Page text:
GlaxoSmithKline (NYSE:GSK) is ramping up production of its pandemic adjuvant, an additive that boosts the effectiveness of  vaccines. The U.K.-based drugmaker expects to be able to produce 1 billion doses of the adjuvant in 2021 for use with an array of SARS-CoV-2 vaccines.

This same adjuvant was used in the last flu pandemic, and, in theory, it should work with a variety of protein-based vaccines. Of course, we'll have to wait for clinical trial data to know for sure that it has the desired effect when used with vaccines for SARS-CoV-2, which causes COVID-19.

When used in conjunction with weaker vaccines, an adjuvant can increase the immune response, producing stronger and longer-lasting immunity. For vaccines that are sufficiently effective on their own, an adjuvant can reduce the amount of vaccine protein required per dose. In a pandemic, that can be a huge benefit, allowing significantly more people to be protected by a relatively limited supply of vaccine while manufacturers work to ramp up their production.

Hands giving an injection into a shoulder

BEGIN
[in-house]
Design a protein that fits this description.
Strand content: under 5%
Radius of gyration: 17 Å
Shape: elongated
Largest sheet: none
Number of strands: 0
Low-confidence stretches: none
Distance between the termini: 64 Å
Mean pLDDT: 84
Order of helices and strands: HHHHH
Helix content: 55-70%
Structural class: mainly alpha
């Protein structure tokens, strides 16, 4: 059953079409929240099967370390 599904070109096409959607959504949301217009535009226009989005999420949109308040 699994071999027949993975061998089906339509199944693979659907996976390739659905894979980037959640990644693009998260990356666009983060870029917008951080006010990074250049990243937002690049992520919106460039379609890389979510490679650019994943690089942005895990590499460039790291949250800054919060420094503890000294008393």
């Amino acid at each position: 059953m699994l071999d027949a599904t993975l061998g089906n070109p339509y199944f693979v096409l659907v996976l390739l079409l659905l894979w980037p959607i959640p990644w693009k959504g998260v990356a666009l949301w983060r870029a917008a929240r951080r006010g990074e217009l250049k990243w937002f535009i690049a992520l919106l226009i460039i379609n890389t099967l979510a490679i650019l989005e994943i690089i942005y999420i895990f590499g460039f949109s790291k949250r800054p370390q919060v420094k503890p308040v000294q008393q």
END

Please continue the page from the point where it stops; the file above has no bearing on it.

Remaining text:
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GlaxoSmithKline has partnerships with several companies that are developing SARS-CoV-2 vaccine candidates and is in ongoing discussions with potential additional collaborators.

The company has already started manufacturing the adjuvant in quantity even though so far, no protein-based COVID-19 vaccines in development have reached the stage where they've produced human clinical trial data. A phase 1 study of Moderna's (NASDAQ:MRNA) mRNA-1273 COVID-19 vaccine has produced data, but that's an mRNA-based vaccine, not protein-based, so GlaxoSmithKline's adjuvant likely wouldn't be a useful additive to it.

Going to heavy production now could cost GlaxoSmithKline some money if it turns out its adjuvant isn't helpful with any of the vaccines that it's tested in, or if the vaccines that prove most effective (and are therefore widely used) are not protein-based.

Still, the decision to ramp up production seems like a reasonable risk to take, given its previous success with the 2017-2018 pandemic flu vaccine and considering the unprecedented need for effective responses to COVID-19. The company is also talking with governments and global institutions about the possibility that they might help fund its production of the adjuvant.